archersofloaf_promo.jpg
Archers of Loaf played Neumos on Friday, September 9, 2011. Photo by Sandlin Gaither.
Archers of Loaf

Neumos

Friday, September 9, 2011

In 2011, the

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13 Years Later, Archers of Loaf Still Contenders for "Greatest of All Time"

archersofloaf_promo.jpg
Archers of Loaf played Neumos on Friday, September 9, 2011. Photo by Sandlin Gaither.
Archers of Loaf

Neumos

Friday, September 9, 2011

In 2011, the word "legendary" really has lost all meaning. Hyperbole is becoming the only language we know how to speak in this sea of oversharing, and a band's merely showing up and turning on an amp/firing up a laptop results in a cavalcade of tweets and status updates telling us all about whatever band is totally KILLING IT in an EPIC fashion. Much like wearing a Ramones shirt, these sorts of grandiose statements become watered down to the point of being nothing more than noise for noise's sake.

Thankfully, seeing a band that existed in that magical era (before the Internet came along and ruined everything) is a reminder of a magical time where oversharing and oversaturation were easy to ignore; where we bonded with other music fans over common interests instead of living in a state of constant one-upmanship. After disbanding in 1998, Archers of Loaf's reunion at Neumos on Friday night was a grand reminder of the days where band buzz was built from college radio charts, mixtapes, and sloppily tossed-together fanzines.

With any reunion tour, it's easy to wax poetic about a band's greatness, relevance, and influence, while glazing over shortcomings in favor of the golden sheen of nostalgia. While 2011's Archers of Loaf may be a little less practiced and slowed down from their 1998 pace, it was barely noticeable through the infectious energy of the crowd. The room was sweltering, packed with an inebriated but joyfully energetic throng of mid-to-late-30's guys (and those who missed the Archers bus completely the first go-round) who had a decade's worth of pent-up fist pumping, pogoing, and the ability to finally scream "I! WANT! WASTE!" during "Harnessed in Slums."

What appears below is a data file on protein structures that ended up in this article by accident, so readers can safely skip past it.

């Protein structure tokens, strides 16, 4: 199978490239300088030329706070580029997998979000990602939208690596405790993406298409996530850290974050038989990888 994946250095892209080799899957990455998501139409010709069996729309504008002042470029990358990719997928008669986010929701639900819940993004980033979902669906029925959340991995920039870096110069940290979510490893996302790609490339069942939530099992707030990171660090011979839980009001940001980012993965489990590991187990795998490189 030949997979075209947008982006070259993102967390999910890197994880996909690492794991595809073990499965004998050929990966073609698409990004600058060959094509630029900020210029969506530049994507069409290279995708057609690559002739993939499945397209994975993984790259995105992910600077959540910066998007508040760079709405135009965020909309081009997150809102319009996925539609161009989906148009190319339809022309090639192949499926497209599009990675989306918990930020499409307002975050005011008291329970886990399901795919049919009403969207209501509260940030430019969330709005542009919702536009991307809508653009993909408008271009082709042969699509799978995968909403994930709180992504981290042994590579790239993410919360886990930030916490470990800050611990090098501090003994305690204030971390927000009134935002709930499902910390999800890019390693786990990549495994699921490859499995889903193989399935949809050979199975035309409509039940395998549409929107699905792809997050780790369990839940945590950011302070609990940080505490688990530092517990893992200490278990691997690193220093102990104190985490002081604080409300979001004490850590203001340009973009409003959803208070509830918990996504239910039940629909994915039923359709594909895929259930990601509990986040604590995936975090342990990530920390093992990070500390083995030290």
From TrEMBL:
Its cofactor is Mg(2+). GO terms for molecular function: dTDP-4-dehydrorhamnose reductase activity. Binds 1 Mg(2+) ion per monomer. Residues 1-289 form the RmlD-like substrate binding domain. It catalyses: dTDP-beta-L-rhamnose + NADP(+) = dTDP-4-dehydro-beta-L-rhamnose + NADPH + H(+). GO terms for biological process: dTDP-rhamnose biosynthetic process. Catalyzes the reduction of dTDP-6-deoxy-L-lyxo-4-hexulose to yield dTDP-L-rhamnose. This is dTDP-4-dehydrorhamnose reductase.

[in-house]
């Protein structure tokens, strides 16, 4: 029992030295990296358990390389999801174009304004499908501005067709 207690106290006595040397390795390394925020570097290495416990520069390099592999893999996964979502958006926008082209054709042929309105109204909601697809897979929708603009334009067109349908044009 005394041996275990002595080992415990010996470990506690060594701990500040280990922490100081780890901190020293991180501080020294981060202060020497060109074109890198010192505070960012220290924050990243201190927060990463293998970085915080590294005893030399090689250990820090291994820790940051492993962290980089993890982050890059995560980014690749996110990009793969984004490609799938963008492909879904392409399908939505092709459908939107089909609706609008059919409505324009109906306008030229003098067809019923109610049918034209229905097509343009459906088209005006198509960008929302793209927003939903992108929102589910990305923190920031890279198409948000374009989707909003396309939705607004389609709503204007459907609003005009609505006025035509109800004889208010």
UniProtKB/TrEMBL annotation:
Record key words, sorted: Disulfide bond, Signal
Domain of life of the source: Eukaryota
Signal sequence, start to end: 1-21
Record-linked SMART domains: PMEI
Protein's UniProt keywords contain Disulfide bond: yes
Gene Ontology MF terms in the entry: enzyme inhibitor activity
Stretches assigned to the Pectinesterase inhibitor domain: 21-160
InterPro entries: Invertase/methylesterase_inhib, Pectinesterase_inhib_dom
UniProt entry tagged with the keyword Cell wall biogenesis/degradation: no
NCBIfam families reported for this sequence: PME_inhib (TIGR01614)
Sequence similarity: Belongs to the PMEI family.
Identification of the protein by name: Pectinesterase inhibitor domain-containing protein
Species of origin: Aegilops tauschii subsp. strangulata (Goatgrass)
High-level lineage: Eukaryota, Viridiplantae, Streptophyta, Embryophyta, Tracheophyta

Singer Eric Bachmann didn't spend much time interacting with the crowd, but when you've got nearly 800 folks breathlessly waiting for a song, you don't really waste time on witty banter (aside from dedicating a song "to the seven girls in the audience"). Bassist Matt Gentling is still a fireball of unpredictable energy, and his complete lack of self-awareness when he's playing (as well as Mark Price's rock solid drumming and guitarist Eric Johnson's Big Country-isms) make the live Archers of Loaf experience one of raw, contagious intensity.

The setlist was a fantastic mix of the expected hits ("Web in Front," "Slums," "Wrong," and "Lowest Part Is Free"), but also hit on some more unexpected material ("Worst Defense" segueing into "Attack of the Killer Bees" was a surprising choice), and the energy of the band (and the crowd's passionate attention) never seemed to waver. The most poignant moment of the night fell smack in the middle of the set, when the band played Vee Vee's "Greatest of All Time". While Bachmann occasionally addressed the insincerity of the music business ("Lowest Part Is Free"), he never did so as eloquently as "Greatest." Hearing the slow drawl of "the underground is overcrowded" in a post-MySpace-bandboom 2011 context was like hearing a prophet returning a decade later, just to remind us "I told you this would happen." Add Bachmann's repetitive calls to "toasting their dead hero" (coming from a once-dead hero), and the song transformed into a sweeping, elegiac anthem for a band who never truly got their proper credit or a fitting swan song.

Archers of Loaf Setlist:

Wrong

Plumbline

You and Me

Might

Bacteria

Lowest Part Is Free

Freezing Point

What Did You Expect?

Revenge

Greatest of All Time

Worst Defense

Attack of the Killer Bees

Dead Red Eyes

Fabricoh

Scenic Pastures

Form and File

Web In Front

Nostalgia

ENCORE

Audiowhore

Harnessed in Slums

Slow Worm

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